Lately, every time I go to a restaurant, I wonder what kind of food-related practices I'm supporting by eating out. For my own cooking at home, I buy mostly organic food, but I have a feeling that the vast majority of eateries I patronize aren't doing a lot of organic sourcing. "Wouldn't it be great if they were?" I keep thinking to myself. "I'd pay extra for that."
After talking today with Michael Oshman, now I'm wondering why I've been keeping those thoughts to myself. "Restaurants are very, very, very sensitive to consumer demand," he told me. Oshman is the founder of the Green Restaurant Association, a 501(c)3 nonprofit that since 1990 has run a certification system that not only certifies restaurants but also helps them through the process with education and consulting services.
The choice to serve organic food is just one small part of what it means for a restaurant to be green (or at least greener) in the GRA's eyes. Other considerations include energy and water use, recycling, cleaning agents, and what types of materials are used for everything from to-go containers to tables. In order for an establishment to sport the GRA's logo, it must be styrofoam-free and have a full-scale recycling program in place (defined by the city in which it's located), and—crucially—it must make four improvements per year in any of the 11 areas delineated on the GRA's website.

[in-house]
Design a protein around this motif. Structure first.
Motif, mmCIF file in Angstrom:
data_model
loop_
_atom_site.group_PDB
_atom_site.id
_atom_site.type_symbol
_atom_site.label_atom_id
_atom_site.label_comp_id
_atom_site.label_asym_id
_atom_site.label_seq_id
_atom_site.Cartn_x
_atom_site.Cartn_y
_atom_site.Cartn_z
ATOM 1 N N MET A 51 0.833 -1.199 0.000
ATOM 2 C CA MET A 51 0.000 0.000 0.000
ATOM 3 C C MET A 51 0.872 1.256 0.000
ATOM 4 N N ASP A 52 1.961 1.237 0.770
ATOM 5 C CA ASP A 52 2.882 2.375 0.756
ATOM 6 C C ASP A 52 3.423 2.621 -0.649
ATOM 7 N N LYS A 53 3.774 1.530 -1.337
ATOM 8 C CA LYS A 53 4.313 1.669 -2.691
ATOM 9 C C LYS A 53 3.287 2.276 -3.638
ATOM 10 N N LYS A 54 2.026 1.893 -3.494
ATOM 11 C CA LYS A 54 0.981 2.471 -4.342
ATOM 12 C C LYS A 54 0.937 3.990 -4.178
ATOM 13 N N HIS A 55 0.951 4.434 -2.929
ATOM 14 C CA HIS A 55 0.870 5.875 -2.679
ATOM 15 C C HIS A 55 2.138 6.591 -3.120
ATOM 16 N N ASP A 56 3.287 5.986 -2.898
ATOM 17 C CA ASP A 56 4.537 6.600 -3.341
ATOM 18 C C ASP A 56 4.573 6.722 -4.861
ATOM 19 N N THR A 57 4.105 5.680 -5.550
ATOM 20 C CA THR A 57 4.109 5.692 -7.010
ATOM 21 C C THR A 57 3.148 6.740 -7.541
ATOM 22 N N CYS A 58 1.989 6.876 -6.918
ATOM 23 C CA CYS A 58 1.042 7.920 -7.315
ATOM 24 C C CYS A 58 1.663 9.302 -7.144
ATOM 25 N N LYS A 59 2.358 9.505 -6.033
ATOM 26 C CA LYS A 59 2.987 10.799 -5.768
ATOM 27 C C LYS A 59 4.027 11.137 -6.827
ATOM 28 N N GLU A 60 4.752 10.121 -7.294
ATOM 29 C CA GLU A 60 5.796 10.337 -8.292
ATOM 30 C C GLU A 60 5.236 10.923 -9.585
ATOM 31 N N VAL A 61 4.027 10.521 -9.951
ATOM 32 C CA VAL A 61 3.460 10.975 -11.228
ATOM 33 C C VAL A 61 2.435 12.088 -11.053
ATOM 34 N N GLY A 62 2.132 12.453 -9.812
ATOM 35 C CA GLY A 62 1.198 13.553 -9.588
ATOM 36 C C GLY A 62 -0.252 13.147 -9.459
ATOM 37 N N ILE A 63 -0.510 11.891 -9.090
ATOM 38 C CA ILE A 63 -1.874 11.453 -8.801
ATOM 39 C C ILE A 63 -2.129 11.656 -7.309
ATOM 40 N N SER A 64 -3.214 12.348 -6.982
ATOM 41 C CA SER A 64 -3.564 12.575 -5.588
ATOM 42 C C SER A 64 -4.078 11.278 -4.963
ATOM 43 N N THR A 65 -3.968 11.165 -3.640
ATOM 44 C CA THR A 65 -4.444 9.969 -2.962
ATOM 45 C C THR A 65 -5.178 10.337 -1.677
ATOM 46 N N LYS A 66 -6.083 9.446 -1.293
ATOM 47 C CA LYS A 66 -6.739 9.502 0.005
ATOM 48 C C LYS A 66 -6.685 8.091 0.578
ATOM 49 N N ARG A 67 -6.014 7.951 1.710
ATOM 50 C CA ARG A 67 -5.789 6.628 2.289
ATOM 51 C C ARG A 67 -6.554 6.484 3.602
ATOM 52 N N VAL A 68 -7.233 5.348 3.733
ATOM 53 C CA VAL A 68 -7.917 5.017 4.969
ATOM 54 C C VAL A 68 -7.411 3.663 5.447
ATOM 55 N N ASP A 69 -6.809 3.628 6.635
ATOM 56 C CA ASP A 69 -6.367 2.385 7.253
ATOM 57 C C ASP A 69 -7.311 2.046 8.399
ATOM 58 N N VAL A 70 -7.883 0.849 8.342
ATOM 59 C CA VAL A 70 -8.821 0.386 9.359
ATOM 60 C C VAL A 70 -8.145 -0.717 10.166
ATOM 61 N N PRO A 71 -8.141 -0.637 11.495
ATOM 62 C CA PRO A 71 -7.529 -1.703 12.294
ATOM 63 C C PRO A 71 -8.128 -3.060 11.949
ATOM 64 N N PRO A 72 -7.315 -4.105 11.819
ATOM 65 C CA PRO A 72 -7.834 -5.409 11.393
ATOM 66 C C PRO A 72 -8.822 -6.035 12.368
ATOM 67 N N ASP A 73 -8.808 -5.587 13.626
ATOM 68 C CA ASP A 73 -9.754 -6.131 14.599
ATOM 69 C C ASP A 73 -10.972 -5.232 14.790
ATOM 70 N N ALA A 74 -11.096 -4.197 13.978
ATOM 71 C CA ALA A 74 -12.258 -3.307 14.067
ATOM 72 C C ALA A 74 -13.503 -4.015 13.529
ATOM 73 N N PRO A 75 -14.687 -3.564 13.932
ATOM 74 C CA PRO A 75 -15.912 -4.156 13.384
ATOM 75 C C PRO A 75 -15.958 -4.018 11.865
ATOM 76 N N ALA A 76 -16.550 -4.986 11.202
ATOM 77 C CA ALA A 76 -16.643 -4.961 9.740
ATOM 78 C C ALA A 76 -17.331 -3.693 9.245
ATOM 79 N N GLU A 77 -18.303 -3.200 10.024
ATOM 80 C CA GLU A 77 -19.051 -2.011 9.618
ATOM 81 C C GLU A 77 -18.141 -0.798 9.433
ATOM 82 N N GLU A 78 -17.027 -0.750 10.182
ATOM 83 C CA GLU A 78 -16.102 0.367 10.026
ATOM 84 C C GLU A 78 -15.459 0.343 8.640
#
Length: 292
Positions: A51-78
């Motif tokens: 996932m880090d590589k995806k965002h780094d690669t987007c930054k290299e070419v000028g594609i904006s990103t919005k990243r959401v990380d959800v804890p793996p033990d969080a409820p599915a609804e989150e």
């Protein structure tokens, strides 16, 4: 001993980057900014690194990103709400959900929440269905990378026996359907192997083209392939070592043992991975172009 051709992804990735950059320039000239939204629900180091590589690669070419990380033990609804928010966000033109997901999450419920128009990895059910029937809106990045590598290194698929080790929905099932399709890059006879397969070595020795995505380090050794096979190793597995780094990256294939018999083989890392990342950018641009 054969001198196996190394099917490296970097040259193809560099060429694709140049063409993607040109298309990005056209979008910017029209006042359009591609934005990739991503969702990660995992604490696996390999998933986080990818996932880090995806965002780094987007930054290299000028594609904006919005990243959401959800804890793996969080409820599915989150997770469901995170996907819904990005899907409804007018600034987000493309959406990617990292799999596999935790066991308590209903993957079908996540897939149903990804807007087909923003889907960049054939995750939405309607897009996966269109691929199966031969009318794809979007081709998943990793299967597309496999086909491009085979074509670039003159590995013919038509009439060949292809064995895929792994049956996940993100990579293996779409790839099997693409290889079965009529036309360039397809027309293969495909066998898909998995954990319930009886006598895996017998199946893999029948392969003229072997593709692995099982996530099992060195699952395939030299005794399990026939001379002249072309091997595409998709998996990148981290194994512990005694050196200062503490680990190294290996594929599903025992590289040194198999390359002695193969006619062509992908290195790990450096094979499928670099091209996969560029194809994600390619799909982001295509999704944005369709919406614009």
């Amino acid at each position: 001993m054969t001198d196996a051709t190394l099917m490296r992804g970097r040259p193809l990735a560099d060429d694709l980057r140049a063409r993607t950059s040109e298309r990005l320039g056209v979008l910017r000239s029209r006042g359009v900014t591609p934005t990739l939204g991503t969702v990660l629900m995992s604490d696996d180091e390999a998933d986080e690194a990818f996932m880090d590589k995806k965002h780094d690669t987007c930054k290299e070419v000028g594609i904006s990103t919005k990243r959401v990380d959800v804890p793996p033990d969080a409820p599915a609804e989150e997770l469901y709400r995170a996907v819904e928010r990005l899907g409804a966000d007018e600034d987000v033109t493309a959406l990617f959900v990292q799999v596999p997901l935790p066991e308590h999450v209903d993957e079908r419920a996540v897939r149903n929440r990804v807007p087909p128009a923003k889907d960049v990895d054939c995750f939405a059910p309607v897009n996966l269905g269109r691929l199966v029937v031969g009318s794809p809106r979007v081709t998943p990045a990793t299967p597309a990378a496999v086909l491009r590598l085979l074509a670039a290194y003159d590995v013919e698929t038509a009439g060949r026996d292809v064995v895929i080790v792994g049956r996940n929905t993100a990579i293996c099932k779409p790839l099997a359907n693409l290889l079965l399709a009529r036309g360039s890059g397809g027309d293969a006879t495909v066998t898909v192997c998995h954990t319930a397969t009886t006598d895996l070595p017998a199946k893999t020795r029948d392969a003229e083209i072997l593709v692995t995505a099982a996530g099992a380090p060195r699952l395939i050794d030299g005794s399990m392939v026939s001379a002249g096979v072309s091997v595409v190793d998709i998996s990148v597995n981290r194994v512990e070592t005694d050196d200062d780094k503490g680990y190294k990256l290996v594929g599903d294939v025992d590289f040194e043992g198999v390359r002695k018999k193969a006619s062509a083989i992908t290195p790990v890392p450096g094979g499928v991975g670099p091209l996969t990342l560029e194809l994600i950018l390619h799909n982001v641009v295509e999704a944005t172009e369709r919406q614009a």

"It's different for each restaurant," Oshman said. "If you already have the best equipment, we'll look at areas you haven't touched, like energy or waste reduction, for example. Even after only a couple of years of making four improvements per year, it's pretty exciting what an average business can do."
I asked whether there were any menu-based disqualifications for certification. For example, would serving seafood varieties that are overfished or caught unsustainably prevent a restaurant from joining the club? No, though "we would give them credit for getting rid of those things." Ultimately, pragmatism reigns, Oshman said, pointing out that many restaurants use energy that is nuclear- or coal-based. "In an academic vacuum, you'd absolutely say no to those things, but in the real world with six billion people, no one would go forward [with such limitations]," he said.
Which brings us back to consumer demand. If diners make their voices heard, restaurants will listen. To help stimulate such communication, the GRA's website has downloadable suggestion cards customers can leave at restaurants encouraging them to join the association and get certified.